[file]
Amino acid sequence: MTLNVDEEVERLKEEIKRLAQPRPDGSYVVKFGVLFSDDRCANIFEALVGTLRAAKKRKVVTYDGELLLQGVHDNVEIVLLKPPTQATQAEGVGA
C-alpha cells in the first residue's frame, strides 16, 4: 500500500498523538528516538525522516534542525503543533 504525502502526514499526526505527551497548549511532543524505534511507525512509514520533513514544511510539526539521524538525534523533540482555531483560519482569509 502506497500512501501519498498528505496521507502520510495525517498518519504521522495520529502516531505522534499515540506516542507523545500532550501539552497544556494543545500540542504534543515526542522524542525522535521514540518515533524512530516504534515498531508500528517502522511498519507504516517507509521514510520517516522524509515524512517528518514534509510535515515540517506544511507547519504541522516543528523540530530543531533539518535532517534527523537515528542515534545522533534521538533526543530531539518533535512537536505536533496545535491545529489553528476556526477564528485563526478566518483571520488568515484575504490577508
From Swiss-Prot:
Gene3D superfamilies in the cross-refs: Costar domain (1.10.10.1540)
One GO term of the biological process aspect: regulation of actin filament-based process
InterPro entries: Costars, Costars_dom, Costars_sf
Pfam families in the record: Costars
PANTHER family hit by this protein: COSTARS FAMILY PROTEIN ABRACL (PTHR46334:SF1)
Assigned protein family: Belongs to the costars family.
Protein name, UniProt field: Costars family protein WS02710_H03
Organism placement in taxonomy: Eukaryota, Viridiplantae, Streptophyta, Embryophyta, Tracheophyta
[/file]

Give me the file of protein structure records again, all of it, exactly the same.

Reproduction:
Amino acid sequence: MTLNVDEEVERLKEEIKRLAQPRPDGSYVVKFGVLFSDDRCANIFEALVGTLRAAKKRKVVTYDGELLLQGVHDNVEIVLLKPPTQATQAEGVGA
C-alpha cells in the first residue's frame, strides 16, 4: 500500500498523538528516538525522516534542525503543533 504525502502526514499526526505527551497548549511532543524505534511507525512509514520533513514544511510539526539521524538525534523533540482555531483560519482569509 502506497500512501501519498498528505496521507502520510495525517498518519504521522495520529502516531505522534499515540506516542507523545500532550501539552497544556494543545500540542504534543515526542522524542525522535521514540518515533524512530516504534515498531508500528517502522511498519507504516517507509521514510520517516522524509515524512517528518514534509510535515515540517506544511507547519504541522516543528523540530530543531533539518535532517534527523537515528542515534545522533534521538533526543530531539518533535512537536505536533496545535491545529489553528476556526477564528485563526478566518483571520488568515484575504490577508
From Swiss-Prot:
Gene3D superfamilies in the cross-refs: Costar domain (1.10.10.1540)
One GO term of the biological process aspect: regulation of actin filament-based process
InterPro entries: Costars, Costars_dom, Costars_sf
Pfam families in the record: Costars
PANTHER family hit by this protein: COSTARS FAMILY PROTEIN ABRACL (PTHR46334:SF1)
Assigned protein family: Belongs to the costars family.
Protein name, UniProt field: Costars family protein WS02710_H03
Organism placement in taxonomy: Eukaryota, Viridiplantae, Streptophyta, Embryophyta, Tracheophyta